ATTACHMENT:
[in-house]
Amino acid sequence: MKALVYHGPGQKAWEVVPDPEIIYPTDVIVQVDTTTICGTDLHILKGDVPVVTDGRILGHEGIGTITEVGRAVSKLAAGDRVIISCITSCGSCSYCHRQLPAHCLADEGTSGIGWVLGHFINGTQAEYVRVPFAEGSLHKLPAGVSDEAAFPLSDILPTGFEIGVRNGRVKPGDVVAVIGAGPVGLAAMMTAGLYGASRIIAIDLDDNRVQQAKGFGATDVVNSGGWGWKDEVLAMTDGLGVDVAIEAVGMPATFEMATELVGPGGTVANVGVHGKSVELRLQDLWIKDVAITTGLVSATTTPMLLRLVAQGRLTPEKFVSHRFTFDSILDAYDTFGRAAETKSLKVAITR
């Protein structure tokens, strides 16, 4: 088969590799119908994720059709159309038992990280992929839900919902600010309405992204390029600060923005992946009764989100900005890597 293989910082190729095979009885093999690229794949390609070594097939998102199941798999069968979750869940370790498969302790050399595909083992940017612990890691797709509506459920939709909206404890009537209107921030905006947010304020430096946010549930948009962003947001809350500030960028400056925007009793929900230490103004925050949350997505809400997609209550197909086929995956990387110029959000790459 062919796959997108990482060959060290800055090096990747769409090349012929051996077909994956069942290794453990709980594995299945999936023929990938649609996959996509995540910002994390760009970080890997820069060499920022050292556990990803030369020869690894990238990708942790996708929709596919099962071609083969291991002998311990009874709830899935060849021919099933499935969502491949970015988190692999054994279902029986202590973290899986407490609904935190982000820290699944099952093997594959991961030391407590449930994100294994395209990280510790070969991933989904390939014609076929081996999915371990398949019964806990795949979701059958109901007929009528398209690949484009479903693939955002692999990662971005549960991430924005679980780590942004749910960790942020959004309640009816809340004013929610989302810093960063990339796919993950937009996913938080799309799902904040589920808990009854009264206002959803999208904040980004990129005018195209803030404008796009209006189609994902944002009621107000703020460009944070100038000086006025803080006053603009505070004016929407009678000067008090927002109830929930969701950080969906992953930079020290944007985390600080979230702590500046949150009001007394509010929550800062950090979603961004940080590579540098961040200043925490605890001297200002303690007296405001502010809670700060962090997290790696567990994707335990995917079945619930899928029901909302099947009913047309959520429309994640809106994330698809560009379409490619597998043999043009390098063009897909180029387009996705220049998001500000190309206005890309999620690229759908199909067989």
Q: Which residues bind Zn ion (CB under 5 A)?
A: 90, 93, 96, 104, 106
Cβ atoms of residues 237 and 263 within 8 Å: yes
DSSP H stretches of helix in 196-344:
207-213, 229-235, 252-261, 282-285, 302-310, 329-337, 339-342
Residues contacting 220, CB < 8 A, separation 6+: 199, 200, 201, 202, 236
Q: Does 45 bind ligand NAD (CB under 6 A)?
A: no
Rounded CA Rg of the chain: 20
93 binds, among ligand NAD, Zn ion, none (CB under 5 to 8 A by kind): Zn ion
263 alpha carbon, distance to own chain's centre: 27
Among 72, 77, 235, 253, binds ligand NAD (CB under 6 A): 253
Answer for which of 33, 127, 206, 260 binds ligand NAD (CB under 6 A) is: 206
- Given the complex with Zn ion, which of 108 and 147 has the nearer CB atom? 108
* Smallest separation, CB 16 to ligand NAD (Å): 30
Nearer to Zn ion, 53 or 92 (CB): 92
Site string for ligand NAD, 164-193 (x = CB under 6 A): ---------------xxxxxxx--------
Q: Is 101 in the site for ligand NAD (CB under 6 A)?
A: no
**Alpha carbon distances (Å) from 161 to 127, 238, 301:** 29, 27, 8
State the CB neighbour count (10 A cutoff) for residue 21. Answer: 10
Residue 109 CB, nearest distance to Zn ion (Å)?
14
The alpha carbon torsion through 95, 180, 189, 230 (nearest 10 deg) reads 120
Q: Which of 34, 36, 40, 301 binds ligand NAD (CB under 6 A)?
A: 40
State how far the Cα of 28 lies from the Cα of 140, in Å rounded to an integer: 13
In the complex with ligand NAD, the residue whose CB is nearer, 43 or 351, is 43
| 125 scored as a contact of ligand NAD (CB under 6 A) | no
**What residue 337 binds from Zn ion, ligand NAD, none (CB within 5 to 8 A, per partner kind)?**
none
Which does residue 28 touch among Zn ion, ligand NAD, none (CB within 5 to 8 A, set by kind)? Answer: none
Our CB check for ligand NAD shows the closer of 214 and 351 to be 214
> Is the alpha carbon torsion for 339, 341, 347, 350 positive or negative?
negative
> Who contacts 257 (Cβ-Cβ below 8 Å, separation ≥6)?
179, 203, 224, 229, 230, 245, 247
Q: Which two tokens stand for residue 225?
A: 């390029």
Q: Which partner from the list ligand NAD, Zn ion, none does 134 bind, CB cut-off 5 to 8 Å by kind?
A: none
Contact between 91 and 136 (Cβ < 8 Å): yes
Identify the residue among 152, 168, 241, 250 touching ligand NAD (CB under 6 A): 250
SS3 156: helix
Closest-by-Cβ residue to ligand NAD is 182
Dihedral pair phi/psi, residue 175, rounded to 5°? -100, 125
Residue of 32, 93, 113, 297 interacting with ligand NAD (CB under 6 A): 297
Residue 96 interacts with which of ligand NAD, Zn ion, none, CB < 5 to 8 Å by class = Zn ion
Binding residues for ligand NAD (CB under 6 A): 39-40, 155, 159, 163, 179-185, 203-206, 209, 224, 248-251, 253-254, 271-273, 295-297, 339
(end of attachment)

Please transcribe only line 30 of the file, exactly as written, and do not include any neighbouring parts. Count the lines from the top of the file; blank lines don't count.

State how far the Cα of 28 lies from the Cα of 140, in Å rounded to an integer: 13